Unfortunately, unlike Gonzo, Brauni wasn’t socialized or trained as a puppy. Chad was away at work too often to fully fix the problem when Brauni was young, but it didn’t really matter then! Brauni had a home, and love, with a single human he clearly adored. Then I came into the picture.

So. Two loners like us, and two very protective dogs. What to do?

We took it slow. After consulting a dog trainer, we began walking the two dogs, side-by-side, several times a week. Brauni would leer at Gonzo with the unsettling expression of a playground creep on his face.

“Does that look mean he wants to play with Gonzo, or kill him?” I asked.

The dog trainer introduced us to a halter-like device for the more-aggressive Brauni and gave us instructions that sounded hopeful. We figured the dogs would either fight it out once and then become fast friends, or simply tolerate each other in their golden years.

As weeks of this uncertainty dragged on and we doggedly (pun intended) walked our two grumpy old mutts, I started to sort-of move in. I brought over books, pictures, a comforter, a few towels. We both became rather impatient. I was tired of driving 25 minutes (40 with traffic) whenever I wanted to visit my boyfriend. It felt silly to leave his house at night when his home felt so much like mine – my art on his walls, a few pieces we’d both picked out waiting to be hung up behind the sofa, a new shelf for our shared bedroom… We helped each other mow the lawn. We wandered through Ikea, bickering mildly and then holding hands, like a comfortable, middle-aged married couple. We had become one another’s family.

But our pets were family, too. And whenever I thought of my 15-year-old best friend, I worried for his well-being. We could not reconcile our happiness with the incompatibility of these two furry stepbrothers. After all, what do we owe our animals? How can we say which relationship, animal or human, is more valuable? More necessary?

The day we decided to “get the dogs together” – that is, let them loose in Chad’s fenced backyard and hope for the best – we prepared. We called the dog trainer, a friendly man with years of experience. We wore Chad’s dog out, walking him around the block several times and pacifying him with treats. Then we walked him again, side-by-side with Gonz, like we’d done for weeks. Finally, we nervously led the leashed pups through the gate.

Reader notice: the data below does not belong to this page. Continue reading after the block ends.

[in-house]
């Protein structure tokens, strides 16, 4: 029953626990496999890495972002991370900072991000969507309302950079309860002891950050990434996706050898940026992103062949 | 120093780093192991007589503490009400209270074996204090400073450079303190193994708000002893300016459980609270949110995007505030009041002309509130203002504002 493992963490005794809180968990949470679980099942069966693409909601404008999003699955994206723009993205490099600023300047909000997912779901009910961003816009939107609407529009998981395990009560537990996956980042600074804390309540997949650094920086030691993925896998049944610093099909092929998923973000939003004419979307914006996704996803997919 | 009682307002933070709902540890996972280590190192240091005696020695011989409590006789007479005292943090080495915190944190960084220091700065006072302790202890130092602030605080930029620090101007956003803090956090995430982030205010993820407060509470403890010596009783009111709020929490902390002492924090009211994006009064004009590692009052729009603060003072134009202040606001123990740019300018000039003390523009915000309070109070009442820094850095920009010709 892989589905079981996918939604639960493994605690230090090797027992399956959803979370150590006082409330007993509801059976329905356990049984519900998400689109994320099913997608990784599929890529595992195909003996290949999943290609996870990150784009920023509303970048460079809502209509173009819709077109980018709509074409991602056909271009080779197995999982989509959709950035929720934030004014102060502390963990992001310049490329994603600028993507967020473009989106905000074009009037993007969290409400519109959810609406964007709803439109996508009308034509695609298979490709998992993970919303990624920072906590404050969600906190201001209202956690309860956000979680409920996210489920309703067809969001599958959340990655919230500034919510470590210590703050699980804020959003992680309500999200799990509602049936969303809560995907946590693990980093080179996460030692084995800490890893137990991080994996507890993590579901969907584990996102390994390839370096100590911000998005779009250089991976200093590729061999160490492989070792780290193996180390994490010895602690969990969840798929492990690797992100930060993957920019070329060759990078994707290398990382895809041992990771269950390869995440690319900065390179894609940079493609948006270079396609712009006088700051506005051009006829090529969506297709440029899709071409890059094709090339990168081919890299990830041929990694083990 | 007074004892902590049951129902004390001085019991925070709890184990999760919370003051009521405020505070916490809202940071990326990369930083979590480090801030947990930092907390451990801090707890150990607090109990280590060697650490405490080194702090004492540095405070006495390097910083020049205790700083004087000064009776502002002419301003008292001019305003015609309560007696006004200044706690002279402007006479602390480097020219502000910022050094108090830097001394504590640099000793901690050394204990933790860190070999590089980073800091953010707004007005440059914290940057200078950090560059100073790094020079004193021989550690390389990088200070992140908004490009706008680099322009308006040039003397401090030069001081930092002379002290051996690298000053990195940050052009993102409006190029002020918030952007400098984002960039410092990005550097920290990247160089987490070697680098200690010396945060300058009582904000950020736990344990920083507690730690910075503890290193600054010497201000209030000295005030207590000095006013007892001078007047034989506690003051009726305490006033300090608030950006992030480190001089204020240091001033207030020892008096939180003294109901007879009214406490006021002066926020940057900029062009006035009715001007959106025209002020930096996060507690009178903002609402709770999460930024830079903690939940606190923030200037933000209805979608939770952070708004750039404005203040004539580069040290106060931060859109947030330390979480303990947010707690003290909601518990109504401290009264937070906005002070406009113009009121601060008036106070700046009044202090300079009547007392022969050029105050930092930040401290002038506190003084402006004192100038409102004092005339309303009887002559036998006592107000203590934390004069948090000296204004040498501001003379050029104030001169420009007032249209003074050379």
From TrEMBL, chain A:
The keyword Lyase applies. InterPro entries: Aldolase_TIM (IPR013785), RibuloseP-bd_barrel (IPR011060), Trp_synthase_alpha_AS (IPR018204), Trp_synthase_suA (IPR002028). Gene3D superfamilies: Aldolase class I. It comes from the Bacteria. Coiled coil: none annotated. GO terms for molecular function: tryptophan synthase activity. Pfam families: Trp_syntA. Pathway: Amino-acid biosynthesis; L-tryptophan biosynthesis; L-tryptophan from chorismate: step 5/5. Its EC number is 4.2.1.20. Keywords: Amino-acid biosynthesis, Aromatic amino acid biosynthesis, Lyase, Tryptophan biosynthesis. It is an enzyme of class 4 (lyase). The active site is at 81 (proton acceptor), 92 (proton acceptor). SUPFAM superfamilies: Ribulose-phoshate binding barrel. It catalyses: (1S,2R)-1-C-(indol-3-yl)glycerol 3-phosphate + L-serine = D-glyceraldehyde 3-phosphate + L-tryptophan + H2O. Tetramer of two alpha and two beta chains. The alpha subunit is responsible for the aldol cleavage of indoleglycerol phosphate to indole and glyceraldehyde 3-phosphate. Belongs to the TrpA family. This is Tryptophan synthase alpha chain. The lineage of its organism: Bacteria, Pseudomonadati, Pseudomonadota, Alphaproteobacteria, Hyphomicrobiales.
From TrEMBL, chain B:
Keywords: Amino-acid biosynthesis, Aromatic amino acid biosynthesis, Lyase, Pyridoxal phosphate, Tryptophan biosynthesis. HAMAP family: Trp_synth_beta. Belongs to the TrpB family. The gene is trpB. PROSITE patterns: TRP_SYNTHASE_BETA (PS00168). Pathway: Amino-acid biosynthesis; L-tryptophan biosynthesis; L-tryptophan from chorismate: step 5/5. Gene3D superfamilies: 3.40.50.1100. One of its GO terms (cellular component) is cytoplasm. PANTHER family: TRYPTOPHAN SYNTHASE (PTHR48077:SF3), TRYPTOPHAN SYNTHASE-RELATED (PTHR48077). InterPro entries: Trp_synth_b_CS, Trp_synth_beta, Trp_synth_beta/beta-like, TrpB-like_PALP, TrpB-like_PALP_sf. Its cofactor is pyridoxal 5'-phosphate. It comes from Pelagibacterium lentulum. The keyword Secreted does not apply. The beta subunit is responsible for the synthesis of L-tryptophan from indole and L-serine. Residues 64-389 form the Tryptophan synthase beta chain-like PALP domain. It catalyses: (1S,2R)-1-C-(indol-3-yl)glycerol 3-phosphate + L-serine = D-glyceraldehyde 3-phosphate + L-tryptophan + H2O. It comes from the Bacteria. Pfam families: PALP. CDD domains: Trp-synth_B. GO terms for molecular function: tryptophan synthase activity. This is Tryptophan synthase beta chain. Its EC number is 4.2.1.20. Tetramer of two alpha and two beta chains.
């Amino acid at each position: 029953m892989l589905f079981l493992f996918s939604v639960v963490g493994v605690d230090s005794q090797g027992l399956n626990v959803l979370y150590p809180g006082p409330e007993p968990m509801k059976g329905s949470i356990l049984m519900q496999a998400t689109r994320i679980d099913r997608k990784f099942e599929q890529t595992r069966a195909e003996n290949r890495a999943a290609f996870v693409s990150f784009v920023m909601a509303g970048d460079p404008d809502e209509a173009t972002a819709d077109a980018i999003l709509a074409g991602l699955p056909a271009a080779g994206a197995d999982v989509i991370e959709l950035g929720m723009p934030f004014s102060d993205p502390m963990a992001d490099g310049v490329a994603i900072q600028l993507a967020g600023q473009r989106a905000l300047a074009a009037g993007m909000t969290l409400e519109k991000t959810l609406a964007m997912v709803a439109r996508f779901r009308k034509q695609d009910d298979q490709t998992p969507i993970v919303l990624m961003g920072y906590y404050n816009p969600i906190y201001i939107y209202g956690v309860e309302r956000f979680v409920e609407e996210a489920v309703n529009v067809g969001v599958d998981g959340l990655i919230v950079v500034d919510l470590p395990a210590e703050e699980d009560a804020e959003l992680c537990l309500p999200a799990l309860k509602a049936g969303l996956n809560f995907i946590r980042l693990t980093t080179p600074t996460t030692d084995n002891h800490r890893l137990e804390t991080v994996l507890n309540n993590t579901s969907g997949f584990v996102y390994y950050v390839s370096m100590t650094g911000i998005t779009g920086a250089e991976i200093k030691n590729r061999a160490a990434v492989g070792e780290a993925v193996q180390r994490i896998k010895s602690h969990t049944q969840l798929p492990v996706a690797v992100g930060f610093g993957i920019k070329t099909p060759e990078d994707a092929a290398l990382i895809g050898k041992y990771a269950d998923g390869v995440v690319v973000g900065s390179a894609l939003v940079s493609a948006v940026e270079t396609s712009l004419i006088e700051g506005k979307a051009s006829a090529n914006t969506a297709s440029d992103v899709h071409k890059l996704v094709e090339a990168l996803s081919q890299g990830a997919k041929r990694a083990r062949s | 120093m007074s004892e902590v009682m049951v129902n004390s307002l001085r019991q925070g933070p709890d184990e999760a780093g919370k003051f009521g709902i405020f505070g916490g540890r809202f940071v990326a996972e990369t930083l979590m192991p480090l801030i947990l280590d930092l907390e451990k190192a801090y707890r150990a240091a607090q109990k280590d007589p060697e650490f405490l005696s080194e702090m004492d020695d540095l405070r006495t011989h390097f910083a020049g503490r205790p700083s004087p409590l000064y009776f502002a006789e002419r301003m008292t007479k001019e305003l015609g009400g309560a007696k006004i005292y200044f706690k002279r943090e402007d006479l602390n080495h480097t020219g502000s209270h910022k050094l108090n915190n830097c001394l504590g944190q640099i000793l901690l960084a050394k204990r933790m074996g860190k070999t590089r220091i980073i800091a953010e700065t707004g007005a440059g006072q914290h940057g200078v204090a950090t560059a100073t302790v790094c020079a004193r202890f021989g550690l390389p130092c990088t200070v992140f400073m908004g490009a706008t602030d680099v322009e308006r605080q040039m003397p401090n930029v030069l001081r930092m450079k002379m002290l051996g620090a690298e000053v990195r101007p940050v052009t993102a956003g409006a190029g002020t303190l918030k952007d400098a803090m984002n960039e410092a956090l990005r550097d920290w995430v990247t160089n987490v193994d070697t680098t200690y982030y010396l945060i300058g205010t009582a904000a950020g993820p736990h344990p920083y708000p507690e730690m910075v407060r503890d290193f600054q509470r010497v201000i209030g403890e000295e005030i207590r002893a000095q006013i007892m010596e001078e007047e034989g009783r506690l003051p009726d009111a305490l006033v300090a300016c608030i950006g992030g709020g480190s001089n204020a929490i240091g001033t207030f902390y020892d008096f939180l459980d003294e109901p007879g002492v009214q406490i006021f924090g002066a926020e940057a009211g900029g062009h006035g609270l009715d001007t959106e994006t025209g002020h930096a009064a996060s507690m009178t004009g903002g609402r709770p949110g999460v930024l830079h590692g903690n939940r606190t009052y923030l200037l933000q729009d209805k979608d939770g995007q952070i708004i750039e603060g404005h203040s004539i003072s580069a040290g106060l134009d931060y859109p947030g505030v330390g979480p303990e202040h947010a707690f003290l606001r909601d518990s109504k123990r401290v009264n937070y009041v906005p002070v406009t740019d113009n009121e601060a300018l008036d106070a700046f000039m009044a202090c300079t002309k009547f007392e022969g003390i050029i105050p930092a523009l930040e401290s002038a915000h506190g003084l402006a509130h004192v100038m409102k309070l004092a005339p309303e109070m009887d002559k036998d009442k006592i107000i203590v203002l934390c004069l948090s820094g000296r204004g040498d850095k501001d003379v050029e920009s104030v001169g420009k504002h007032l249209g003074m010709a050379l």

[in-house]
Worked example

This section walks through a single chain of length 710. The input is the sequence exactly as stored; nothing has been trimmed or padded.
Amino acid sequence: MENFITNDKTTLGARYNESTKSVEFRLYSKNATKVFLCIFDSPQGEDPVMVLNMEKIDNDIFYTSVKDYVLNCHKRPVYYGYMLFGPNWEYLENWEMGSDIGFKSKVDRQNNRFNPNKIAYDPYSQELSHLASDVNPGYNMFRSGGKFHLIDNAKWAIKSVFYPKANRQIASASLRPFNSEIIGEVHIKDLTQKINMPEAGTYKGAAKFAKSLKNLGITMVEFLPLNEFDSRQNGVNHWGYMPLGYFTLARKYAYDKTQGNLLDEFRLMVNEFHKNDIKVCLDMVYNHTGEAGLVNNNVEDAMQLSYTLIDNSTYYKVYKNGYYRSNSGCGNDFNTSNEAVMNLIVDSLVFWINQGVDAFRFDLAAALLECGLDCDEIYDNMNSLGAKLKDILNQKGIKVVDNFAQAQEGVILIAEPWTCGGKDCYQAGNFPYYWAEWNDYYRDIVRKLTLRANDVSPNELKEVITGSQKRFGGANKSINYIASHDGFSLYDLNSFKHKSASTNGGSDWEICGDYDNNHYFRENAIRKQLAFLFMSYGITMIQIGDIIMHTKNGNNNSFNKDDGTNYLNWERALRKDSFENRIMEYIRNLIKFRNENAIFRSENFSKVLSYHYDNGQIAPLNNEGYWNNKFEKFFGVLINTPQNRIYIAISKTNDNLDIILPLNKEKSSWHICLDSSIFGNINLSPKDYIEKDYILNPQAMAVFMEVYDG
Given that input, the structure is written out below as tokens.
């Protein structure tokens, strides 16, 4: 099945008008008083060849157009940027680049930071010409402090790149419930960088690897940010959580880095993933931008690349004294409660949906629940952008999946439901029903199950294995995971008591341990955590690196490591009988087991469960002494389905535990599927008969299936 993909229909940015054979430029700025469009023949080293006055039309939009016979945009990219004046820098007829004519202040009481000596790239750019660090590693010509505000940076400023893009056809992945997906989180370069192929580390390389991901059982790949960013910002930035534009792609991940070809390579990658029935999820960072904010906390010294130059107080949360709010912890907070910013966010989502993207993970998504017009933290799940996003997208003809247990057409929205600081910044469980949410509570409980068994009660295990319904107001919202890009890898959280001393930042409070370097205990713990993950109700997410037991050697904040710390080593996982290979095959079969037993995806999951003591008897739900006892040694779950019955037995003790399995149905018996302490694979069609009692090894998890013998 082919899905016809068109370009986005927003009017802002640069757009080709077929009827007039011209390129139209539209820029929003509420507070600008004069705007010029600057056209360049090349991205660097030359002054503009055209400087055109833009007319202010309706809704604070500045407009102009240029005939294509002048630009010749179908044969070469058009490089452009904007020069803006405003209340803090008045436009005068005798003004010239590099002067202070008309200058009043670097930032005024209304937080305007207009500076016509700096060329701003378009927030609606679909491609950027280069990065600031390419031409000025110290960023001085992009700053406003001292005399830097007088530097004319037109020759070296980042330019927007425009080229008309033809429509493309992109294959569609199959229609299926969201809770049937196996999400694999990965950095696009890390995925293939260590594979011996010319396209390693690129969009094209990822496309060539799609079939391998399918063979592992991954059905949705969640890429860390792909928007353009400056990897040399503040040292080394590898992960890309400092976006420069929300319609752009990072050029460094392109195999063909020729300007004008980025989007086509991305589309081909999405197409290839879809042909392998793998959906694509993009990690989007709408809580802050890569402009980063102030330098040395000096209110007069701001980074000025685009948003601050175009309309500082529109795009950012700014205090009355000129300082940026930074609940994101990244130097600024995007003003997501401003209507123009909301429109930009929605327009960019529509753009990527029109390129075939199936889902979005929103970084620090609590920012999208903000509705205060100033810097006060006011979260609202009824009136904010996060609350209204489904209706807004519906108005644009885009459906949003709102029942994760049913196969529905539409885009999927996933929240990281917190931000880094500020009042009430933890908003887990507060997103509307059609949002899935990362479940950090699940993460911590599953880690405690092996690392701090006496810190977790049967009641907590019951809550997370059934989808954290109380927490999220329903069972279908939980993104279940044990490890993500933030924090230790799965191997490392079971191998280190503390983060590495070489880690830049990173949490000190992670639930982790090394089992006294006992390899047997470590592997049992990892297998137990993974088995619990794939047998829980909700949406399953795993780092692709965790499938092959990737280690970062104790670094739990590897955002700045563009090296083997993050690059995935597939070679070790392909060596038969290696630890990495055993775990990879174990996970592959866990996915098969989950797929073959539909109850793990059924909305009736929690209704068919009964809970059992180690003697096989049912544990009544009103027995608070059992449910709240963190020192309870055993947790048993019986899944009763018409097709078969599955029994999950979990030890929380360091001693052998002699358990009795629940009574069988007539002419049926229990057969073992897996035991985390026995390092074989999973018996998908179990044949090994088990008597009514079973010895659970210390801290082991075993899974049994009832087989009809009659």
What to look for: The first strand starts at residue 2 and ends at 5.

The trainer watched as Brauni strained on his leash, panting, his eyes fixed on Gonzo, his legs taut. As Gonzo sidled away from Brauni again and again – glancing at me, ducking his head – the trainer frowned. Finally, the man shook his head.

“You guys. This just won’t work. I’m sorry.”

He explained to us that Gonzo, at 15 or so, was too feeble – and Brauni too aggressive – for them to “fight it out” and eventually get used to one another.

“It would be like a really muscular 45-year-old beating up on a 100-year-old man,” he said. “I just can’t in good conscience recommend it.”

Chad mumbled a few sentences about the possibility of our families caring for Gonzo, and I looked down at my old friend who was, at that moment, biting at some grass and trembling a little. I interrupted the men.

“Well, I’m gonna take Gonzo home. Chad, I’ll call you.” Then I led my dog away, closing the gate behind us. As I guided Gonzo to the car and watched his legs quiver a bit before he hopped in, there were tears in my eyes because I knew what I’d have to do.


Gonzo and I sleep late on Sundays. My little full-size bed is pushed against a big window in this turn-of-the-century flat, and we open the curtains and look down on our neighbors. Gonzo growls low at the cats and wags his tail when I say, “what a good guard dog.”

I get tired of living here sometimes, in a rented apartment, while my sweetheart lives in a house that he actually owns, so far away. I left half my belongings there! My lonely place, with its bare walls, resembles a student’s garret. But my loyal doggy friend is happy. So, I try not to feel impatient or resentful, even when I’m driving across town to visit Chad. To be honest, I’ve always felt like a student anyhow.

I took Gonzo to the vet the other day and she told me that he has arthritis in his spine. There will come a day, probably in the next year or two, when his back legs will simply give out. Already, one leg spasms at times, which startles Gonzo more than anything else. I give him anti-inflammatory treats, special food for his joints, and lots of meat because he loves meat and I love him.

Sometimes, I swear, Gonzo knows. He looks steadily at me, and then licks my face when I start to cry.

There’s no question. I’ll be his friend until he’s gone. And then, after, I’ll have time to make a home with the human whom I also love.

2 Short Poems


A half-moon caught in the trees, / the desert emptied of birds, / my father’s voice: “You don’t have / to call me back…” and this thing I’ve / imagined, tangling up / the burnt parts of two secrets–struck match / smell, the wind-tunnel / of a glass cave bringing the heat. / I was missing and I’m still missing.


As if you were reclining–sideways, big as god– / Lightening strikes the first hill, flames hopping to the next. / How it moves through your soul, the burnt spots making vulgar and strange anything green! / Don’t worry. When you’re marooned in a corner of your office wondering how the stones of the walls outside / Made it in–remember, there’s no insight like the rule of your hills compulsively burning.